Understanding Creational Design Patterns
The last part in our series
Welcome to the third and final part of our series on understanding design patterns in iOS development. In previous blog posts, we explored structural and behavioral design patterns. In this post, we’ll take a look at a few examples of creational patterns, which allow us to create interfaces in our applications.
This pattern is composed of three types: the director, the product, and the builder. The director takes the inputs and coordinates with the builder. The product is the complex object we are trying to create. And the builder accepts step-by-step instructions and handles the creation of the product.
To learn more about the builder pattern, I recommend reading John Sundell’s explanation. He covers the core ideas behind the pattern, pros and cons of using it, and a few examples we can look at.
This pattern allows us to create objects without exposing how they are made. We can use this method when we are not sure what exact types and dependencies the code should work with.
We can also use this method if we want to give users of our framework a way to extend our internal components. This method is beneficial because it allows us to avoid tight coupling between the creator of the object and the concrete products. It follows the single responsibility principle by moving the object creation code to one place, ensuring that our object only has one responsibility. It also adheres to the open/closed principle, because it allows us to introduce new types into our code without breaking existing code.
This a creational pattern that allows an object to clone itself. It’s especially useful when creating a new instance of an object is expensive. Further, this method is useful because it allows all the properties and methods to be carried over when cloned, which is useful when subclassing is not practical.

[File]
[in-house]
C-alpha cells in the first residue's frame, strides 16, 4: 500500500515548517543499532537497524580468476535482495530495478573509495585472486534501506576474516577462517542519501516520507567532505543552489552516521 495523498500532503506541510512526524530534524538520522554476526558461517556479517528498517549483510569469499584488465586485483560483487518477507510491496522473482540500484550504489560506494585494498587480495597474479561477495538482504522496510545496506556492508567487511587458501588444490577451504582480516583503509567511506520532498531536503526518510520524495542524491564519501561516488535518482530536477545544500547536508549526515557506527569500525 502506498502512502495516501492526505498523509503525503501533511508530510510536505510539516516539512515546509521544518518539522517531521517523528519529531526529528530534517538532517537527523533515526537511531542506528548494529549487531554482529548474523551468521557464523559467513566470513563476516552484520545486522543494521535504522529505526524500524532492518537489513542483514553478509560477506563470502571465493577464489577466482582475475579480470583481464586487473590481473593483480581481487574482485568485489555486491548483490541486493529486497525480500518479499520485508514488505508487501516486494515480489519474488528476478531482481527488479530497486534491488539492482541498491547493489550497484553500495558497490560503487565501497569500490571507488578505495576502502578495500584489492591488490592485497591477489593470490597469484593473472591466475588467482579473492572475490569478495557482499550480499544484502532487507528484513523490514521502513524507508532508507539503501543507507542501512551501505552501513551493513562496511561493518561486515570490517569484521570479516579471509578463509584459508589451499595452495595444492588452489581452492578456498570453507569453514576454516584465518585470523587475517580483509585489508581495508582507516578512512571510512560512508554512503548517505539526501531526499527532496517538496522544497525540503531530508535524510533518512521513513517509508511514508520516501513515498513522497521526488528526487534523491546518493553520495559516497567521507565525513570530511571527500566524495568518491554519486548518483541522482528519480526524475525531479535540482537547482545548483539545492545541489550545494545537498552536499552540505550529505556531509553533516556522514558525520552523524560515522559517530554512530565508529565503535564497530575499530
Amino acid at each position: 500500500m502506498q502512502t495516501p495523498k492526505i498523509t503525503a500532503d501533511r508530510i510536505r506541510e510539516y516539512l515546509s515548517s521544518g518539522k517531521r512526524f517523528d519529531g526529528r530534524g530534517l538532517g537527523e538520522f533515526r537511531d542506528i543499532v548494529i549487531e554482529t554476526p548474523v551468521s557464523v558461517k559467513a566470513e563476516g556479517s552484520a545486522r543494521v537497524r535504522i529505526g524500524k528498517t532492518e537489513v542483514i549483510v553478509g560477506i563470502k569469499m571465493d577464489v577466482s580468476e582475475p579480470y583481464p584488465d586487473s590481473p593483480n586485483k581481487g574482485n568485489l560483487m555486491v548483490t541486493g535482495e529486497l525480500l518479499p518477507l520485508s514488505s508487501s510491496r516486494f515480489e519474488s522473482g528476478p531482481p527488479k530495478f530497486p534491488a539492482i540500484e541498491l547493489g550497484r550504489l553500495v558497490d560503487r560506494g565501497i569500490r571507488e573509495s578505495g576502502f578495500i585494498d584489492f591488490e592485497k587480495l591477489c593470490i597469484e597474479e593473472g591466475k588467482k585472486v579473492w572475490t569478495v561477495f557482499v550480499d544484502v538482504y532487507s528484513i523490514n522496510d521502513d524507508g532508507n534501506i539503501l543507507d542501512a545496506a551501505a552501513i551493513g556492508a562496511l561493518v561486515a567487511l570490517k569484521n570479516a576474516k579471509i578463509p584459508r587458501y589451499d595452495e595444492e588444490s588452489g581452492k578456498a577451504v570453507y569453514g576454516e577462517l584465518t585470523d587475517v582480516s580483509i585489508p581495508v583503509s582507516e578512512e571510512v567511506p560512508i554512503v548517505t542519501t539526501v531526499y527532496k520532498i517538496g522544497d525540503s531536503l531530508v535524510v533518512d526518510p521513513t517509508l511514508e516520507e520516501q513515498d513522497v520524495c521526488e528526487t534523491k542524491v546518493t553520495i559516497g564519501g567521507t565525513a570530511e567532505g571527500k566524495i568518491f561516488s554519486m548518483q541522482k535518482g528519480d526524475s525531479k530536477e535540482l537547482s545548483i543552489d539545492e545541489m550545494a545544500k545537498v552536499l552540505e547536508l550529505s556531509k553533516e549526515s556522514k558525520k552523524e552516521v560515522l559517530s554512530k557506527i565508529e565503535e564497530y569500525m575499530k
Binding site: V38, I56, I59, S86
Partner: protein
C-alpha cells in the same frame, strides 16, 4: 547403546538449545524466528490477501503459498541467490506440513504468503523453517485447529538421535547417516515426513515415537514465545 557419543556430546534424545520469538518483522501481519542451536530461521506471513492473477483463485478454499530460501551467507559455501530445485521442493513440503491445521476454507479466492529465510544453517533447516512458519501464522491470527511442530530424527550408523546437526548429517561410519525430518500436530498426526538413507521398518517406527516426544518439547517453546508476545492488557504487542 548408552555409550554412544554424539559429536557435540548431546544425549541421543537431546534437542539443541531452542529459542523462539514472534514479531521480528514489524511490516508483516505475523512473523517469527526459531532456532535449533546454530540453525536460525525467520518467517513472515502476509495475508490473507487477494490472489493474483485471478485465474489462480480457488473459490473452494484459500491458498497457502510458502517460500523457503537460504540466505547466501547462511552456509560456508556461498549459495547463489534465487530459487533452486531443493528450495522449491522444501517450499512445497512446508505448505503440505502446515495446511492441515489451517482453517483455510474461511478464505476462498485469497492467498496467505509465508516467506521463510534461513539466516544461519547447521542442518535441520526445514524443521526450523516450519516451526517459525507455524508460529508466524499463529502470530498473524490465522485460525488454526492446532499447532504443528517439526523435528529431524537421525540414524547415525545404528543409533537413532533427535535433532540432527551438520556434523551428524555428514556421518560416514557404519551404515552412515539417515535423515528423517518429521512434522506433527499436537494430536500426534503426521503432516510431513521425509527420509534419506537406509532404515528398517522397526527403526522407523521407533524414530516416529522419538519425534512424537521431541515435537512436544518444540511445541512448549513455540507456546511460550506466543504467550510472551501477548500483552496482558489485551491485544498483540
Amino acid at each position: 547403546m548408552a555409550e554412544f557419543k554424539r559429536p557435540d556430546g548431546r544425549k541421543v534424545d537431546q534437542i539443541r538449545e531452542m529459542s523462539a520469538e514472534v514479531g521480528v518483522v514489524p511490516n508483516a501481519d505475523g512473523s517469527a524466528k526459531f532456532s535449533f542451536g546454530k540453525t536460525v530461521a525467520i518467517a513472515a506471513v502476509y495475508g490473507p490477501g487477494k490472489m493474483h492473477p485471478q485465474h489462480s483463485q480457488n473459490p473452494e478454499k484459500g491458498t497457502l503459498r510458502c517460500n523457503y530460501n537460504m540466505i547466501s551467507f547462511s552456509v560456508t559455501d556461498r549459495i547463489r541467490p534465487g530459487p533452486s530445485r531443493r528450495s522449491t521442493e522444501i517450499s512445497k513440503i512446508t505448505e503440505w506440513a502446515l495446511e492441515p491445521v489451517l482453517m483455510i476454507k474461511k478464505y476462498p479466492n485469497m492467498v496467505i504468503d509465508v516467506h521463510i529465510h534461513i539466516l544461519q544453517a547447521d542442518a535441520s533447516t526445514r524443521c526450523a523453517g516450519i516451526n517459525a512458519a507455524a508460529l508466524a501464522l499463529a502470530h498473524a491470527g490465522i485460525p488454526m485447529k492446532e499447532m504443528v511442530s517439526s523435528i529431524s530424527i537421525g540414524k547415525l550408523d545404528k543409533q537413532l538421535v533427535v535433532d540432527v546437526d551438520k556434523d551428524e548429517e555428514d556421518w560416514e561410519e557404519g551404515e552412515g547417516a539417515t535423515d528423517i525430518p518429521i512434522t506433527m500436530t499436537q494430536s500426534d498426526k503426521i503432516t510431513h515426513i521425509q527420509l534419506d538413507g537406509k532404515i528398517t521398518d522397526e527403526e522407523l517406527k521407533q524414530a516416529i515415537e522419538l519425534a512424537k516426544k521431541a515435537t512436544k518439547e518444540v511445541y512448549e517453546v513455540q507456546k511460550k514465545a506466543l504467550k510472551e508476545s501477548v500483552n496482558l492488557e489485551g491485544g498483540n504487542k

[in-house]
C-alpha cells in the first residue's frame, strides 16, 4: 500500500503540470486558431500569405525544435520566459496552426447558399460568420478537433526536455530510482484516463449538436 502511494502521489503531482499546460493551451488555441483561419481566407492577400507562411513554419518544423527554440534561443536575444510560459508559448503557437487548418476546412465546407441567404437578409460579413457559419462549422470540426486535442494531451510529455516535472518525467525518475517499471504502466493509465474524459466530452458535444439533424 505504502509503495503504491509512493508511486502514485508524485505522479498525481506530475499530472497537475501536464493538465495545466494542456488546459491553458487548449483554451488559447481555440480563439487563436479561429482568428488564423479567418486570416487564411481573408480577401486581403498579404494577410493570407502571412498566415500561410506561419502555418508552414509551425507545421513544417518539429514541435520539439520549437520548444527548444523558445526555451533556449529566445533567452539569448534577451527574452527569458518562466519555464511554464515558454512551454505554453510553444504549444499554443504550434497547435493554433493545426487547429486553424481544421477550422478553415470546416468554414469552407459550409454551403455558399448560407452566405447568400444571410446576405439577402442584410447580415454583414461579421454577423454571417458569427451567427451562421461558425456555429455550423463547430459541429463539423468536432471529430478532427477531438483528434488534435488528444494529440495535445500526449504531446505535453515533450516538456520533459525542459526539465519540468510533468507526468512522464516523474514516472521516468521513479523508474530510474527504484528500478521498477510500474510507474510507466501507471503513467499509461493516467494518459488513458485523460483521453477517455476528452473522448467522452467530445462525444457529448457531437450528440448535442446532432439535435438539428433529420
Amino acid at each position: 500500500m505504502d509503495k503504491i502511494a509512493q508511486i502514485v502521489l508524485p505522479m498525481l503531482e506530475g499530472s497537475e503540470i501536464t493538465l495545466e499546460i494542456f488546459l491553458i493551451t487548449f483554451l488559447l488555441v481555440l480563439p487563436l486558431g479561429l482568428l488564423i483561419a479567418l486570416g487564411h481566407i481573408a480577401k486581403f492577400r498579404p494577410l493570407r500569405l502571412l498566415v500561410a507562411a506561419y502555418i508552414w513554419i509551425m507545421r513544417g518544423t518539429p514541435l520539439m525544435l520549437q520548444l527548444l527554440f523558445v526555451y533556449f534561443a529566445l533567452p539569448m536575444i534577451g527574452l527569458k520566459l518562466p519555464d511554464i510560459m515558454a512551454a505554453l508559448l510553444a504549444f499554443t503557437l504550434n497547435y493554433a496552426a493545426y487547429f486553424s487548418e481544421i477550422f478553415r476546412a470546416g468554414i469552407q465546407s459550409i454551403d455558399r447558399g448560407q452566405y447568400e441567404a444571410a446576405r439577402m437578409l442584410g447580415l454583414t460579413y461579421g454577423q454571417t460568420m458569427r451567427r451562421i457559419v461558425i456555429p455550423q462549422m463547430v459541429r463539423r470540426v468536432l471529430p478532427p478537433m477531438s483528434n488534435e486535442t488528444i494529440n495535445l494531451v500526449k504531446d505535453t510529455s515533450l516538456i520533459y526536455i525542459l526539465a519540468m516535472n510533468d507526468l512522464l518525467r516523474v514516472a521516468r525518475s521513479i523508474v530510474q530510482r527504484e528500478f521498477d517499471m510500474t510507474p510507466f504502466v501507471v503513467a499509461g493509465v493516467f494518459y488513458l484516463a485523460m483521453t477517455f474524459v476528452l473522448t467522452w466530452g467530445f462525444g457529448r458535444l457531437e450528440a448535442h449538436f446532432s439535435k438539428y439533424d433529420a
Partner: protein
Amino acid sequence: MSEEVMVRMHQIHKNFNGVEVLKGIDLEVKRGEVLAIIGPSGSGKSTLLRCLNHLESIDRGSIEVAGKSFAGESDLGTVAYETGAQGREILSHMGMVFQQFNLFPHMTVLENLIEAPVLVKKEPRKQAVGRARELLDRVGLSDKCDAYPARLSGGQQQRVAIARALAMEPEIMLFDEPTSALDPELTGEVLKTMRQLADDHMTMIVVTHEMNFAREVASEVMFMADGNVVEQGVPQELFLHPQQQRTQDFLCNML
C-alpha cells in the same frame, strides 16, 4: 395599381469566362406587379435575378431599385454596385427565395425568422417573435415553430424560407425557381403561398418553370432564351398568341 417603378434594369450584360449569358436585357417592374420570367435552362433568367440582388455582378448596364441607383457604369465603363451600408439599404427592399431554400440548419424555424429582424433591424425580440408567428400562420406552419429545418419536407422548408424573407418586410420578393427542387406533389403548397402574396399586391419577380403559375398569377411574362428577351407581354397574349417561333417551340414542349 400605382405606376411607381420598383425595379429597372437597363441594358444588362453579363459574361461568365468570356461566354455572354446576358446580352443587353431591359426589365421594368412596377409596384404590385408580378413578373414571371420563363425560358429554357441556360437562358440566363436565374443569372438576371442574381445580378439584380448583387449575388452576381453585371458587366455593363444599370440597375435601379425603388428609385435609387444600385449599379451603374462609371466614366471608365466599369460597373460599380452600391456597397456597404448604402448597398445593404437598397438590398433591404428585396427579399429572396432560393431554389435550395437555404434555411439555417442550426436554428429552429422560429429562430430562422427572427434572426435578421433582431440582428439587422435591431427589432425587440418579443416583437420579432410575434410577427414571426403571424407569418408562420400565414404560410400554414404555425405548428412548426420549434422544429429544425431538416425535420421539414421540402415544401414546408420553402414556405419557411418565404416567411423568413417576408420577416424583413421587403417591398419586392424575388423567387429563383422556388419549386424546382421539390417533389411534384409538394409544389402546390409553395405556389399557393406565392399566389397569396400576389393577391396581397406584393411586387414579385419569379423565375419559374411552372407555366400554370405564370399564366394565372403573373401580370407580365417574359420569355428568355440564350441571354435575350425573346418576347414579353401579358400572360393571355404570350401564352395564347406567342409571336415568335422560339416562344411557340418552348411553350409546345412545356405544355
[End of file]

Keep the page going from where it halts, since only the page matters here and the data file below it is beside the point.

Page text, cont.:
You can give default values to the type which will be cloned and set these values after cloning. The prototype pattern is beneficial because it allows you to clone objects without coupling to their concrete classes, and complex objects may be created more conveniently.
Before exploring the world of singletons, I thought they were the greatest thing ever created. By creating a singleton, we ensure that a class has only one instance, allowing us to control access to some shared resource. It also provides a global access point to that instance.
Some benefits to this pattern are:
- The singleton instance is created only when it is requested for the first time.
- You gain access to the instance globally.
However, some drawbacks to this pattern are:
- It is not very thread-safe.
- It can be difficult to test.
In the snippet above, we create a class with a private initializer—private, because we only want there to be one instance of this class. We created the property
shared which will be the only point of access to the instance of this class.
An alternative to the Singleton pattern would be dependency injection. As the name suggests, we are injecting our objects with the dependencies they need to function.
Injecting your objects with its dependencies has a major advantage because it makes our objects fully testable. The easiest example of this comes from mocking/stubbing our networking layer.
In this method of injection, we pass the dependency on initialization of the class. We also will need to create a read-only property inside of the class which will store a reference to the initialized property.
We can use this property in cases where we do not have access to the object’s initialization but we do have access to how the desired property is initialized.
In the below snippet of the
iceCreamDetailedViewController we have a property
name which is set when the
mainViewController segues here.
Consider this method if you only want to use this property once. You can pass the dependency as a parameter of a method.
This method should be used for universal dependencies that are being shared alongside multiple object instances, logging, and analytics of a caching mechanism. It should only be used sparingly, because it could cause implicit dependencies and global mutable state.
👋 That’s all, folks!
This concludes our three-part series on exploring design patterns in iOS development. If you missed the other two, or just want a refresher, go back and take a look at Understanding Structural Design Patterns and Understanding Behavioral Design Patterns for more.